Open Access Research Article Article ID: ACMPH-6-182

    Why anaemia in infants can’t be solved by iron supplementation alone: Notes from the ethnic underground

    Lutfi Jaber* and Gary Diamond

    Aim: Our objective was to estimate the trends in incidence of anaemia among Israeli infants aged 9 to 18 months. 

    Methods: This was a cross-sectional retrospective study for the years 2002, 2007 and 2012 in two districts. Data was analyzed for geographic distribution, age, infant’s haemoglobin level, ethnic origin, type of clinic where the infants received treatment, iron prescriptions dispensed to each child, and the mother’s last haemoglobin level before delivery. 

    Results: The prevalence in District A for the aforementioned timeline was 16.2%, 9.9% and 8.1%, respectively (P<0.000). Prevalence was significantly higher in the non-Jewish versus the Jewish population. In District B prevalence was 10.8%, 11.6%, and 8.7%, respectively, and significantly higher in the non-Jewish (17.5%, 18.6%, and14.1%) than in the general Jewish population (9.0%, 9.8% and 7.5%).  Among the ultra-Orthodox urban Jews, prevalence was 14.5% 14.9 %, and 11.3%, respectively.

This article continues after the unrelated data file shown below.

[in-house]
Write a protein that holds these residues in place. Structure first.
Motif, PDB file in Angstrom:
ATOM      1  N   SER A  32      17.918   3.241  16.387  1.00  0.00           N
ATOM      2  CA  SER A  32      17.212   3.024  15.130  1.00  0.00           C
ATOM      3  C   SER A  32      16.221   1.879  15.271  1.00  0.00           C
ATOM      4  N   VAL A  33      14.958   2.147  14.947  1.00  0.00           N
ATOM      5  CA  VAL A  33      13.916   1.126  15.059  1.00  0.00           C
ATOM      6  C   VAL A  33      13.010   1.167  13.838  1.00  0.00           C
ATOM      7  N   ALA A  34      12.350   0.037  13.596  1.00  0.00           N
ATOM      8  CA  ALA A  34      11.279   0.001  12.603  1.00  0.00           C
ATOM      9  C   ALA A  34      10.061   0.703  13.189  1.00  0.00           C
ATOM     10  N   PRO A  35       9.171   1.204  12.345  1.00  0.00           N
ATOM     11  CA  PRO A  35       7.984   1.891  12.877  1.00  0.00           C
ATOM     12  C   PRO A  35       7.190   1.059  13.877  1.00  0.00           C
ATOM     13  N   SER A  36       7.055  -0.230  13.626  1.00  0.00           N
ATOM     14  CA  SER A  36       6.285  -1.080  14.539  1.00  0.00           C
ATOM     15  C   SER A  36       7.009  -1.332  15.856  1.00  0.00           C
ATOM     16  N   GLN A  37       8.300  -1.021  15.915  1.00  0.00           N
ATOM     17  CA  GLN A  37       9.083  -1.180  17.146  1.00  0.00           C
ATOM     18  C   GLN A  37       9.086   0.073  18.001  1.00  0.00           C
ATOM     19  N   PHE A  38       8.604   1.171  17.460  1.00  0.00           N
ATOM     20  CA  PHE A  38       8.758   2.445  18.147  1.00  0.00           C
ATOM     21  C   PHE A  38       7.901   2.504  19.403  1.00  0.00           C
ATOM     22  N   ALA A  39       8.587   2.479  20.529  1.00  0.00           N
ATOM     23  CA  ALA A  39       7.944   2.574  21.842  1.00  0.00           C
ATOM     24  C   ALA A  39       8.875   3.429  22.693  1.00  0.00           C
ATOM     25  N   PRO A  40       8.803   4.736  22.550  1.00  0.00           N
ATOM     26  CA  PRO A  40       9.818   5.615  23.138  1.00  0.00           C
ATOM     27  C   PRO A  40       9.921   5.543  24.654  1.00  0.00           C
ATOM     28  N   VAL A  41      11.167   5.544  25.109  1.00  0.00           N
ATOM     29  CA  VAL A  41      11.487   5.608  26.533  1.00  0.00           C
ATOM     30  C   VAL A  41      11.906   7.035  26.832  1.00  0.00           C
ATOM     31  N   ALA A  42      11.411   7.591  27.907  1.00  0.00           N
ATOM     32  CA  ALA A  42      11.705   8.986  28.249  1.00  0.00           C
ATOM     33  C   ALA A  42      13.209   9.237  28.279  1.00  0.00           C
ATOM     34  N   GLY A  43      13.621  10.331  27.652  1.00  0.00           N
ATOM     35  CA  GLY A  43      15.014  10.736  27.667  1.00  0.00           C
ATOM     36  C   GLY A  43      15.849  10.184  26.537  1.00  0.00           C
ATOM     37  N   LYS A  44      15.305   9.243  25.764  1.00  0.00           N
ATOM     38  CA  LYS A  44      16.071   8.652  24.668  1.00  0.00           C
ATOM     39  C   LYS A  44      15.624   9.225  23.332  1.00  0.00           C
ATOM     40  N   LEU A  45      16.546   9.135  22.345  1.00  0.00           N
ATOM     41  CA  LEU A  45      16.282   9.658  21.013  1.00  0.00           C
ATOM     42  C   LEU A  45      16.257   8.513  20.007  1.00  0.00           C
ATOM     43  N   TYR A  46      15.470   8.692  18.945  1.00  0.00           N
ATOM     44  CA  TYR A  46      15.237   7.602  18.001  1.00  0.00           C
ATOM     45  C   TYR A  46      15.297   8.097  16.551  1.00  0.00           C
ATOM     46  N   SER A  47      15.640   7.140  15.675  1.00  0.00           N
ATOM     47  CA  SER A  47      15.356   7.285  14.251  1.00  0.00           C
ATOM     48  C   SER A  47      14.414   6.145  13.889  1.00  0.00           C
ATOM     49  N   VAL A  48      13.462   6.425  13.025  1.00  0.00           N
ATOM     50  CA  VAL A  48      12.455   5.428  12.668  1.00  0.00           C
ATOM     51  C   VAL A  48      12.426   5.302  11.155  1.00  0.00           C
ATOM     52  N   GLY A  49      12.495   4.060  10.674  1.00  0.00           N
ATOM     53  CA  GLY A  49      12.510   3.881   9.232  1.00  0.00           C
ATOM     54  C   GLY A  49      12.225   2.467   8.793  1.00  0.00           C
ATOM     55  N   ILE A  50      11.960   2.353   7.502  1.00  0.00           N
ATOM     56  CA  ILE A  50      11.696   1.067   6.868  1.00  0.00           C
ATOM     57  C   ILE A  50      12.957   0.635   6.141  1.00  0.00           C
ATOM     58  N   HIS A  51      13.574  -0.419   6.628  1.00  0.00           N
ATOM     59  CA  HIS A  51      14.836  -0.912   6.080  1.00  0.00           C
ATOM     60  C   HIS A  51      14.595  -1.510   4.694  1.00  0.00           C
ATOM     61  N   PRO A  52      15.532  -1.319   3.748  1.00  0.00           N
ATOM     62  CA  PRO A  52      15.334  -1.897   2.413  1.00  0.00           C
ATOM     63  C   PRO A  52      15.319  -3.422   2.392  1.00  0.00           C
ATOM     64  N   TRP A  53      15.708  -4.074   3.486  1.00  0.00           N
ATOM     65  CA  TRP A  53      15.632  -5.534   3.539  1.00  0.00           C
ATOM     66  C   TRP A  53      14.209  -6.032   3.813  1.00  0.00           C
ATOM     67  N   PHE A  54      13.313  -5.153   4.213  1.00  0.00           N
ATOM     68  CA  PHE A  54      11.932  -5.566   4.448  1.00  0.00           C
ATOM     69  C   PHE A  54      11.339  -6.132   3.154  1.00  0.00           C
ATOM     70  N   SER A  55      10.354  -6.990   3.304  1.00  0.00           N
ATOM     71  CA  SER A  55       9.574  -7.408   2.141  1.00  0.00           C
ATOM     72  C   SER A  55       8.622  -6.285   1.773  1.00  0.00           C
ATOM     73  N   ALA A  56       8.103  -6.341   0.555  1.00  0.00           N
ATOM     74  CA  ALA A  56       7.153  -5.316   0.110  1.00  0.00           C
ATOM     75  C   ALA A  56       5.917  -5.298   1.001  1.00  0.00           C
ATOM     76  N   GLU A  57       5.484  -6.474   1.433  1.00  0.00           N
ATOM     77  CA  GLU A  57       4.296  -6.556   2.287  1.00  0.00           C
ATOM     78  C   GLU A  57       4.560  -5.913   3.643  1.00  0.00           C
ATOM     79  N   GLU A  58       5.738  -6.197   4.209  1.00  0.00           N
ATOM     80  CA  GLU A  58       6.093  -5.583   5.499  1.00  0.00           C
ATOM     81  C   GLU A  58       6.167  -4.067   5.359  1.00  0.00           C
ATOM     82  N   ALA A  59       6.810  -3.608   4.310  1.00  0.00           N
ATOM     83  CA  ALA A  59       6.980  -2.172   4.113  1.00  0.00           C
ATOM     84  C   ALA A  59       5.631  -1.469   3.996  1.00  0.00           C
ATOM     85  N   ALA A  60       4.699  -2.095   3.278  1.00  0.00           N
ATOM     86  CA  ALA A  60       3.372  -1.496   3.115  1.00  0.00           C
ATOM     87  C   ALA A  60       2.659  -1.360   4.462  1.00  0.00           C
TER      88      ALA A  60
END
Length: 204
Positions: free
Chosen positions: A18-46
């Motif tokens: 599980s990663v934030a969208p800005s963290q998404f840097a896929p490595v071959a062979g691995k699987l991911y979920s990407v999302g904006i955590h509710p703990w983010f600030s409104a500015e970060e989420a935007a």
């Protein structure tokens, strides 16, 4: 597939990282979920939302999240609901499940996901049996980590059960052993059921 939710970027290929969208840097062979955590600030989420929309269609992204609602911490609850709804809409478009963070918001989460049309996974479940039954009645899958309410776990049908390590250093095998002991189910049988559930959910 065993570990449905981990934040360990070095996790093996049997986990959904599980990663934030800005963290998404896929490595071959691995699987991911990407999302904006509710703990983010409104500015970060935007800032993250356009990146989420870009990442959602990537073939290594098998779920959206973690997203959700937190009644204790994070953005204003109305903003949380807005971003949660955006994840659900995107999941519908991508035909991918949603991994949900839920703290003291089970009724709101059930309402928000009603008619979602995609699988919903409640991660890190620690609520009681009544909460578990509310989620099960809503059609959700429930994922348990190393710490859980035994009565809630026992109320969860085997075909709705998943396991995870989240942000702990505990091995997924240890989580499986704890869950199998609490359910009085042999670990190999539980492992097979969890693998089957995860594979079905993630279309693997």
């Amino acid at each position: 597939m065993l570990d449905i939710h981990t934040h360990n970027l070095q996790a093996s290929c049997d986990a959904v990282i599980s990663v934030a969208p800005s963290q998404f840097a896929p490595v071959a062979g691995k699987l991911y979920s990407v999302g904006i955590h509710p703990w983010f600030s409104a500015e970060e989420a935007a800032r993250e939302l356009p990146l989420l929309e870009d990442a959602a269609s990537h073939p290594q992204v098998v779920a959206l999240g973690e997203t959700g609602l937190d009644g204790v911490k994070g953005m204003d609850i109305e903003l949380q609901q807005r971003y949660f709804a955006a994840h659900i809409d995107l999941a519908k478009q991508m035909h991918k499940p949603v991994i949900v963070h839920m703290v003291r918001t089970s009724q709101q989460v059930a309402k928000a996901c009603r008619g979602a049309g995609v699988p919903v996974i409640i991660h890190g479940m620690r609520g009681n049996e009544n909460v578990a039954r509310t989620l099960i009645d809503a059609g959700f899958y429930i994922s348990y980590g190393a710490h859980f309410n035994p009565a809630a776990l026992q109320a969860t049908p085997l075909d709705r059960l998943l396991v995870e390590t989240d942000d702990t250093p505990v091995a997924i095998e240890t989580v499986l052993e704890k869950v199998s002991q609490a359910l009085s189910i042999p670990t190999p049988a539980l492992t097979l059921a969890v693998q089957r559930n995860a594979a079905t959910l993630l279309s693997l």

Conclusions: Anaemia in infants is multifactorial in origin and depends on both inherent biological as well as environmental factors. Effective early prevention mitigates factors across ethno- and economic divisions.

    Current knowledge on the subject:  World Health Organization estimates anaemia prevalence at 47.4% and as affecting 293 million young children globally. The highest prevalence is in Africa (67.6%) and South-East Asia (65.5%). In the Eastern Mediterranean, the prevalence is 46% and around 20% in other WHO regions. In the United States, 7% to 9% of toddlers (1 to 3 years old) have iron deficiency, and 2% to 3% have iron deficiency anaemia ). In Iran the frequency of IDA was 4% and in Jordan 72%. In Israel the prevalence rate of anaemia in the year 2006 was 15.5%. 

    Contribution of our study to knowledge: In districts A and B there was a significant decrease in the percentages of prevalence of anaemia through the years 2001-2002, 2006-2007, and 2011-2012. Analysis of the total sample of district A revealed an almost 50% decrease, i.e. from 16.2% to 8.1%. In district B, the percentages in Jews dropped from 9% to 7.5%, in the non-Jews from 17.5% to 14.1%, and in the Ultra-Orthodox from 14.5% to 11.3%.


    Published on: May 16, 2020 Pages: 77-80

    Full Text PDF Full Text HTML DOI: 10.17352/2455-5479.000082
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